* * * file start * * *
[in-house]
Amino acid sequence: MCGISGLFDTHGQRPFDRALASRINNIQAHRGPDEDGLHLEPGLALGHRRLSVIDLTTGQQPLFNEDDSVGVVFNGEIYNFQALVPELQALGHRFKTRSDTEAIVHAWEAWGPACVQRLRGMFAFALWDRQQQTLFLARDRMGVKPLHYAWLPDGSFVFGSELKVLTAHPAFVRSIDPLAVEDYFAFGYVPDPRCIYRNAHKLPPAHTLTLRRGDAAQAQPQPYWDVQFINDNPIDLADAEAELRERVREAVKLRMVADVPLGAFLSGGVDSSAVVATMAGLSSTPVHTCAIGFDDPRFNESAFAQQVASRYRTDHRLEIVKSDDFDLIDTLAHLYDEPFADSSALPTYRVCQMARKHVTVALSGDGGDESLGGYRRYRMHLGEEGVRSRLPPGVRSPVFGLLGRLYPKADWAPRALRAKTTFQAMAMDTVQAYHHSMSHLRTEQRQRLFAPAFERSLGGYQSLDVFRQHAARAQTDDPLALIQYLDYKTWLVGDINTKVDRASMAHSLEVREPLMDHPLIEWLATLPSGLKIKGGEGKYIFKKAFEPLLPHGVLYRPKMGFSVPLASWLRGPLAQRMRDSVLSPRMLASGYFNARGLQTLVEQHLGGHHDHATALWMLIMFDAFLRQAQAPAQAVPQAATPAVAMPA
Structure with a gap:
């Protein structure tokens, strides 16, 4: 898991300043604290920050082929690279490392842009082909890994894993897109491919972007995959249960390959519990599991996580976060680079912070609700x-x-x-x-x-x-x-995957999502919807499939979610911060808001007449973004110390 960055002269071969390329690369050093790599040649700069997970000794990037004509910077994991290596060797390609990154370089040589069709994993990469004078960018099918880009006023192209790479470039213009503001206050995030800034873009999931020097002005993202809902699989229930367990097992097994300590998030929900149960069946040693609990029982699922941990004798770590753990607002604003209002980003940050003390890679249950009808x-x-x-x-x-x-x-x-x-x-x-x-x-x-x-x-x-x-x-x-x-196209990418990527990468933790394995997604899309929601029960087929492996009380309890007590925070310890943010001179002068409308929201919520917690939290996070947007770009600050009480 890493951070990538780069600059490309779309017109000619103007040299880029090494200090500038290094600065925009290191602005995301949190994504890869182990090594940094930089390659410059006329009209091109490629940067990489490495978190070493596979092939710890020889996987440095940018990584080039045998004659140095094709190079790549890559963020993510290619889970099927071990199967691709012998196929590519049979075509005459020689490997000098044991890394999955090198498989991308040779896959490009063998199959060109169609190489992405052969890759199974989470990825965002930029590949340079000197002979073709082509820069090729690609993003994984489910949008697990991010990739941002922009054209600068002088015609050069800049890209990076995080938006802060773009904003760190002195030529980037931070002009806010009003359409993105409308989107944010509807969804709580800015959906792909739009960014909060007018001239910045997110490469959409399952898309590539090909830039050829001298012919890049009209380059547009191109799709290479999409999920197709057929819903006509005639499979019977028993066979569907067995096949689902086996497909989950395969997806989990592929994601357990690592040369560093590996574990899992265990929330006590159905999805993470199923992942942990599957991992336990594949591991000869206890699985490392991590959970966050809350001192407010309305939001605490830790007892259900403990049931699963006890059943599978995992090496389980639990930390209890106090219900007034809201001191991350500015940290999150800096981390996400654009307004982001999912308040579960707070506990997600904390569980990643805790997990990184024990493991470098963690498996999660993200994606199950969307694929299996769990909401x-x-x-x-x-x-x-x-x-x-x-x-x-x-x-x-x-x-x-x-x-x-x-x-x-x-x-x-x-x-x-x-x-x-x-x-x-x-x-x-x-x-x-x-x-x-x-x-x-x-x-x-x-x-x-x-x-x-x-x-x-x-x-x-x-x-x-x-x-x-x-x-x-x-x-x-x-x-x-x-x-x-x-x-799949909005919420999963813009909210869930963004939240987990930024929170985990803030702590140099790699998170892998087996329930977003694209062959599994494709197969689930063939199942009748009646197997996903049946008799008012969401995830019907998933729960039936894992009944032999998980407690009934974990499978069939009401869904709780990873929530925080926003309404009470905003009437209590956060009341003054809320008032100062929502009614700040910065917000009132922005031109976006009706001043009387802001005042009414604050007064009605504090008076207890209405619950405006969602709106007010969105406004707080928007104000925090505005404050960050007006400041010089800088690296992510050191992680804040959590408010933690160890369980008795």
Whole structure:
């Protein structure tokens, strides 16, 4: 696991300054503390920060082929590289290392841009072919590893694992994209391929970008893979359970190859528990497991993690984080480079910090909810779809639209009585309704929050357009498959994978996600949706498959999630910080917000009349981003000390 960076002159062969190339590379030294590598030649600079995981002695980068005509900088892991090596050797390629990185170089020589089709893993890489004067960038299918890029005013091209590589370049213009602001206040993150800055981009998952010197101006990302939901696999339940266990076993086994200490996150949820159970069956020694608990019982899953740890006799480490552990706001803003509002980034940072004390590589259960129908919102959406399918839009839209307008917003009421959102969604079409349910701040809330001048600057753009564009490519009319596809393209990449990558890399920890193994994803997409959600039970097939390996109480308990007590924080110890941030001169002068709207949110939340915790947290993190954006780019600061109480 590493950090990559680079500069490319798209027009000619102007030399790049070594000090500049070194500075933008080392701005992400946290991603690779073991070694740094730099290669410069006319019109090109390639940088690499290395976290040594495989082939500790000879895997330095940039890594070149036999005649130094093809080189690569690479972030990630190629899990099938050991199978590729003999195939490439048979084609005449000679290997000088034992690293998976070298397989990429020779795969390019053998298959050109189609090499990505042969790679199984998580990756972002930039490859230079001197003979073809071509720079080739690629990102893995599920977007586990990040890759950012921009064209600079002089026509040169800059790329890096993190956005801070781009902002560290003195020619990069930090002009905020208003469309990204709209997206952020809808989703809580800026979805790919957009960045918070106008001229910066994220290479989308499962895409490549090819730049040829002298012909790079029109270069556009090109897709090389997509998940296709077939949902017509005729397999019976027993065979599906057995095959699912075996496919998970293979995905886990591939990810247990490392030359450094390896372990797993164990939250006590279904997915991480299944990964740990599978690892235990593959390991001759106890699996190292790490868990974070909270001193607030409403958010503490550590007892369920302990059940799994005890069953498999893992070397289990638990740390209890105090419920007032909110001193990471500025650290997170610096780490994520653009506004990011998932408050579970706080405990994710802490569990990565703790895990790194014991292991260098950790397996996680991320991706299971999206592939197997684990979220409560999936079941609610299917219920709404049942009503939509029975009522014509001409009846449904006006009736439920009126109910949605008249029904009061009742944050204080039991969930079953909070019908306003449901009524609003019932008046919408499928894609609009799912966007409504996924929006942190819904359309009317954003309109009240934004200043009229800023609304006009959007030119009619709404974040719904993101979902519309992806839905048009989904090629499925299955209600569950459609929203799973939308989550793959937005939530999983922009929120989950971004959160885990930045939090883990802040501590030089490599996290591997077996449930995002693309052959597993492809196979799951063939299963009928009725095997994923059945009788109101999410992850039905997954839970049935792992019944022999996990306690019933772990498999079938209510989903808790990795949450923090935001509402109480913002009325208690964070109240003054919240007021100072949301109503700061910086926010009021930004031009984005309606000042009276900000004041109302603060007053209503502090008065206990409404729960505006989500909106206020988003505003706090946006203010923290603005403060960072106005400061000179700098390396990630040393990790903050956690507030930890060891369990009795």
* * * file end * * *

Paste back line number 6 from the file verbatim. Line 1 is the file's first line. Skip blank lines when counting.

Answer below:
């Protein structure tokens, strides 16, 4: 696991300054503390920060082929590289290392841009072919590893694992994209391929970008893979359970190859528990497991993690984080480079910090909810779809639209009585309704929050357009498959994978996600949706498959999630910080917000009349981003000390 960076002159062969190339590379030294590598030649600079995981002695980068005509900088892991090596050797390629990185170089020589089709893993890489004067960038299918890029005013091209590589370049213009602001206040993150800055981009998952010197101006990302939901696999339940266990076993086994200490996150949820159970069956020694608990019982899953740890006799480490552990706001803003509002980034940072004390590589259960129908919102959406399918839009839209307008917003009421959102969604079409349910701040809330001048600057753009564009490519009319596809393209990449990558890399920890193994994803997409959600039970097939390996109480308990007590924080110890941030001169002068709207949110939340915790947290993190954006780019600061109480 590493950090990559680079500069490319798209027009000619102007030399790049070594000090500049070194500075933008080392701005992400946290991603690779073991070694740094730099290669410069006319019109090109390639940088690499290395976290040594495989082939500790000879895997330095940039890594070149036999005649130094093809080189690569690479972030990630190629899990099938050991199978590729003999195939490439048979084609005449000679290997000088034992690293998976070298397989990429020779795969390019053998298959050109189609090499990505042969790679199984998580990756972002930039490859230079001197003979073809071509720079080739690629990102893995599920977007586990990040890759950012921009064209600079002089026509040169800059790329890096993190956005801070781009902002560290003195020619990069930090002009905020208003469309990204709209997206952020809808989703809580800026979805790919957009960045918070106008001229910066994220290479989308499962895409490549090819730049040829002298012909790079029109270069556009090109897709090389997509998940296709077939949902017509005729397999019976027993065979599906057995095959699912075996496919998970293979995905886990591939990810247990490392030359450094390896372990797993164990939250006590279904997915991480299944990964740990599978690892235990593959390991001759106890699996190292790490868990974070909270001193607030409403958010503490550590007892369920302990059940799994005890069953498999893992070397289990638990740390209890105090419920007032909110001193990471500025650290997170610096780490994520653009506004990011998932408050579970706080405990994710802490569990990565703790895990790194014991292991260098950790397996996680991320991706299971999206592939197997684990979220409560999936079941609610299917219920709404049942009503939509029975009522014509001409009846449904006006009736439920009126109910949605008249029904009061009742944050204080039991969930079953909070019908306003449901009524609003019932008046919408499928894609609009799912966007409504996924929006942190819904359309009317954003309109009240934004200043009229800023609304006009959007030119009619709404974040719904993101979902519309992806839905048009989904090629499925299955209600569950459609929203799973939308989550793959937005939530999983922009929120989950971004959160885990930045939090883990802040501590030089490599996290591997077996449930995002693309052959597993492809196979799951063939299963009928009725095997994923059945009788109101999410992850039905997954839970049935792992019944022999996990306690019933772990498999079938209510989903808790990795949450923090935001509402109480913002009325208690964070109240003054919240007021100072949301109503700061910086926010009021930004031009984005309606000042009276900000004041109302603060007053209503502090008065206990409404729960505006989500909106206020988003505003706090946006203010923290603005403060960072106005400061000179700098390396990630040393990790903050956690507030930890060891369990009795």